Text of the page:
This is originate from the idea of rethinking about the checkpoint file creation condition:
Today the checkpoint file containing the checkpointed offsets is written upon stream task clean shutdown, and is read and deleted upon stream task (re-)construction. The rationale is that if upon task re-construction, the checkpoint file is missing, it indicates that the underlying persistent state store (rocksDB, for example)'s state may not be consistent with the committed offsets, and hence we'd better to wipe-out the maybe-broken state storage and rebuild from the beginning of the offset.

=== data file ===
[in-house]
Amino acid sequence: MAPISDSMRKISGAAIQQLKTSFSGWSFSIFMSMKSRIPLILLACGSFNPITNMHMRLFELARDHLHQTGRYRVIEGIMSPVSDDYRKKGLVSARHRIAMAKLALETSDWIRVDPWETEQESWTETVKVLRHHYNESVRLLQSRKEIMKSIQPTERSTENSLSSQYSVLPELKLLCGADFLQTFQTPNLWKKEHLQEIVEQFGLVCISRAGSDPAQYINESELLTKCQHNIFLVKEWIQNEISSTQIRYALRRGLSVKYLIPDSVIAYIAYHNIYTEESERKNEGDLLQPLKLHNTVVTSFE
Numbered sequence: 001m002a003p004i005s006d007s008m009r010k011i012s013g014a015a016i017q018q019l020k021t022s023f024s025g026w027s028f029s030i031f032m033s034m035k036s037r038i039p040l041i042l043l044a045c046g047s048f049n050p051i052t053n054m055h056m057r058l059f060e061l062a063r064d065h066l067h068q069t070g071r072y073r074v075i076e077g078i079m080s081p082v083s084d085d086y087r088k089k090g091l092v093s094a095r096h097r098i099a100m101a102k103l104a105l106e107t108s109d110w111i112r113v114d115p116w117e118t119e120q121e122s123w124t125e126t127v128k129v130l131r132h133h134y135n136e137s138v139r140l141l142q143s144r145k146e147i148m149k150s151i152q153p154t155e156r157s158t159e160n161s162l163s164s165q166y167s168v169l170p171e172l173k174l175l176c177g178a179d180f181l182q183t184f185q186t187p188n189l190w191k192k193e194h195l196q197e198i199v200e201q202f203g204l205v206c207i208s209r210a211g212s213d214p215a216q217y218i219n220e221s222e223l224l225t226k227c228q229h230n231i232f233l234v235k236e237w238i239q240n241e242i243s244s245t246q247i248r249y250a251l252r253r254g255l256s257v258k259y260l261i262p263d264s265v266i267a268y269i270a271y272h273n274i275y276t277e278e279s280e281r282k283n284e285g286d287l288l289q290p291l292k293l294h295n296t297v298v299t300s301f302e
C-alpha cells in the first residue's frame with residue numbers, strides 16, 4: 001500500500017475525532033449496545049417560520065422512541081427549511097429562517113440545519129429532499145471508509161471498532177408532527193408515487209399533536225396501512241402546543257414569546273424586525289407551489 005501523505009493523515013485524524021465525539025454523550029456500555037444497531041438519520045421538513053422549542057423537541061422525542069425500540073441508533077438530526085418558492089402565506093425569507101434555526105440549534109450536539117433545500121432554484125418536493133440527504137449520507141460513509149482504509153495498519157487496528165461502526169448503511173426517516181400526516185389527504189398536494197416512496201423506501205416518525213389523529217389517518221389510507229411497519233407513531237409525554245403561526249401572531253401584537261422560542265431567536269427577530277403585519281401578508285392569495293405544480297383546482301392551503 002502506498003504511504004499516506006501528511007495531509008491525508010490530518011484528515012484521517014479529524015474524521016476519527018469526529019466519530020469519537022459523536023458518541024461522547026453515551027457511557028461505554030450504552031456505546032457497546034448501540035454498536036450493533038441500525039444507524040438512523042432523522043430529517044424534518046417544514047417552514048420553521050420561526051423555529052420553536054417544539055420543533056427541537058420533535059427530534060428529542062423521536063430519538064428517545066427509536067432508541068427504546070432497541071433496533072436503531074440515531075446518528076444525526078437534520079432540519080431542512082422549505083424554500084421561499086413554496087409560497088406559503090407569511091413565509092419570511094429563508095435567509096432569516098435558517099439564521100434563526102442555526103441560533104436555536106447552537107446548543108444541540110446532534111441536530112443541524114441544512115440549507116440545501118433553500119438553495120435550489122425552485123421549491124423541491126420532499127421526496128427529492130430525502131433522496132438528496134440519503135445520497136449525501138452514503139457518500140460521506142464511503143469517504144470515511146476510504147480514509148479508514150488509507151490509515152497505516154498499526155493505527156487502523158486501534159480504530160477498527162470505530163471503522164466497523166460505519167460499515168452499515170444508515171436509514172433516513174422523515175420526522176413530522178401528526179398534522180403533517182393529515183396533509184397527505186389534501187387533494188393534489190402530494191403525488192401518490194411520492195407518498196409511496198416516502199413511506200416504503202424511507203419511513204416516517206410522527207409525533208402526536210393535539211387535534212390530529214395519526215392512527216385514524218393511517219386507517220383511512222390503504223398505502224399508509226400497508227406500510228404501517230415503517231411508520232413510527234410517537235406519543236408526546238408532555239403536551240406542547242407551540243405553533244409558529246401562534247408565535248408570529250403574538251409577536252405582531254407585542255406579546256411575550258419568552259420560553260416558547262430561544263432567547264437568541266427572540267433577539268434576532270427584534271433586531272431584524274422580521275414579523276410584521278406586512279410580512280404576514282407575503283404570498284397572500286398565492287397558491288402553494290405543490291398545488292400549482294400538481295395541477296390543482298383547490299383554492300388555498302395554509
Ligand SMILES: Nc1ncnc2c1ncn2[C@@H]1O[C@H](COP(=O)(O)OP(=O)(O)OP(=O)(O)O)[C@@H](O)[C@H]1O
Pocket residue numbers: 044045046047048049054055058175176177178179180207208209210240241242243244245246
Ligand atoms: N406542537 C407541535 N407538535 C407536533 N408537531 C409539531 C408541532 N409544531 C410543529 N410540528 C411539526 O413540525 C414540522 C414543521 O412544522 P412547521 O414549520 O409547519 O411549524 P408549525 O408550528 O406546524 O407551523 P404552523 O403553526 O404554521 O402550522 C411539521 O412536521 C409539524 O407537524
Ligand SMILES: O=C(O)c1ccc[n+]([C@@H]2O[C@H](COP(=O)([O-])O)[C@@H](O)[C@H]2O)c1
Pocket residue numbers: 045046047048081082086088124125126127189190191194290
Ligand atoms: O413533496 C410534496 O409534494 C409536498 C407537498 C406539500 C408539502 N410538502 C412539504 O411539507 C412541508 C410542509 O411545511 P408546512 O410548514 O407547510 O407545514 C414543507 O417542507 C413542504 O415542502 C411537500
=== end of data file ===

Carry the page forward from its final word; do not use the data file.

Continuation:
However, we may able to do better than this setting if we can fully control the persistent store flushing time to be aligned with committing, and hence as long as we commit, we are always guaranteed to get a clear checkpoint.
This may be generalized to a "global state checkpoint" mechanism in Kafka Streams, which may also subsume KAFKA-3184 for non persistent stores.